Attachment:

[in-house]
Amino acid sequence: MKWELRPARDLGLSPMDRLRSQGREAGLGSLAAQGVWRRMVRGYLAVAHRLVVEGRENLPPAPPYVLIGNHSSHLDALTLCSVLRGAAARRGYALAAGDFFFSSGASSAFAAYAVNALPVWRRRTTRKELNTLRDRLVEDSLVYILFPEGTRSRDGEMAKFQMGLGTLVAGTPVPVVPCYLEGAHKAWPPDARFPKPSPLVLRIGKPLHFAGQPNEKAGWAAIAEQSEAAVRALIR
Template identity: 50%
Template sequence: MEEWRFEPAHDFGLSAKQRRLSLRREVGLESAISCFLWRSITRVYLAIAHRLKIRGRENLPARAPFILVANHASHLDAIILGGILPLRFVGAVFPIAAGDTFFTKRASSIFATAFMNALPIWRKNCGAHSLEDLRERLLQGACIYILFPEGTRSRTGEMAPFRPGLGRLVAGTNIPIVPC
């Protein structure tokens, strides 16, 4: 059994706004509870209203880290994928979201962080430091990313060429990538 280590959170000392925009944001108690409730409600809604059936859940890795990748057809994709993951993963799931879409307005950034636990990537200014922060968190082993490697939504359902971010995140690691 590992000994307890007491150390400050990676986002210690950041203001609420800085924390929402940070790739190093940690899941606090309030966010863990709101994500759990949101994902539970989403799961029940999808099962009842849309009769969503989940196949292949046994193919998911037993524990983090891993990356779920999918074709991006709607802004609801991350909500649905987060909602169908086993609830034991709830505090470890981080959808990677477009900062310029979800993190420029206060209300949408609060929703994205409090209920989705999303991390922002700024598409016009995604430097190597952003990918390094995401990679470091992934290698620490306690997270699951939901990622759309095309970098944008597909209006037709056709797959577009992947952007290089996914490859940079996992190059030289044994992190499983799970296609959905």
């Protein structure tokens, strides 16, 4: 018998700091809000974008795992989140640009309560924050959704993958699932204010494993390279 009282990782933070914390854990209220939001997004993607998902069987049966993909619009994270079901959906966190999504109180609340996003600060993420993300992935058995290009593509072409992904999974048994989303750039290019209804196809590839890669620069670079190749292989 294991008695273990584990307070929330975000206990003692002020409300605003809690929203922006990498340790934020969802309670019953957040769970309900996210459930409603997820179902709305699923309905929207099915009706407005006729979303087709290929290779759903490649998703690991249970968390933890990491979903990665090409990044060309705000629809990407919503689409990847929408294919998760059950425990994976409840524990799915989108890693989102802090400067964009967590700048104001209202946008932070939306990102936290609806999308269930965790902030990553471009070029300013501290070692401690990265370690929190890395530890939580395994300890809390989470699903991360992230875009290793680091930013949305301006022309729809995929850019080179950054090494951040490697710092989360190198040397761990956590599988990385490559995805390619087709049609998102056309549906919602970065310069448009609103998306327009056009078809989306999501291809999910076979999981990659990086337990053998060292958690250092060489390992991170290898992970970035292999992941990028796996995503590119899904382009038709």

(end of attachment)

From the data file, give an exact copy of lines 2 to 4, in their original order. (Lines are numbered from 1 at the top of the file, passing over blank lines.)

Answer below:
Amino acid sequence: MKWELRPARDLGLSPMDRLRSQGREAGLGSLAAQGVWRRMVRGYLAVAHRLVVEGRENLPPAPPYVLIGNHSSHLDALTLCSVLRGAAARRGYALAAGDFFFSSGASSAFAAYAVNALPVWRRRTTRKELNTLRDRLVEDSLVYILFPEGTRSRDGEMAKFQMGLGTLVAGTPVPVVPCYLEGAHKAWPPDARFPKPSPLVLRIGKPLHFAGQPNEKAGWAAIAEQSEAAVRALIR
Template identity: 50%
Template sequence: MEEWRFEPAHDFGLSAKQRRLSLRREVGLESAISCFLWRSITRVYLAIAHRLKIRGRENLPARAPFILVANHASHLDAIILGGILPLRFVGAVFPIAAGDTFFTKRASSIFATAFMNALPIWRKNCGAHSLEDLRERLLQGACIYILFPEGTRSRTGEMAPFRPGLGRLVAGTNIPIVPC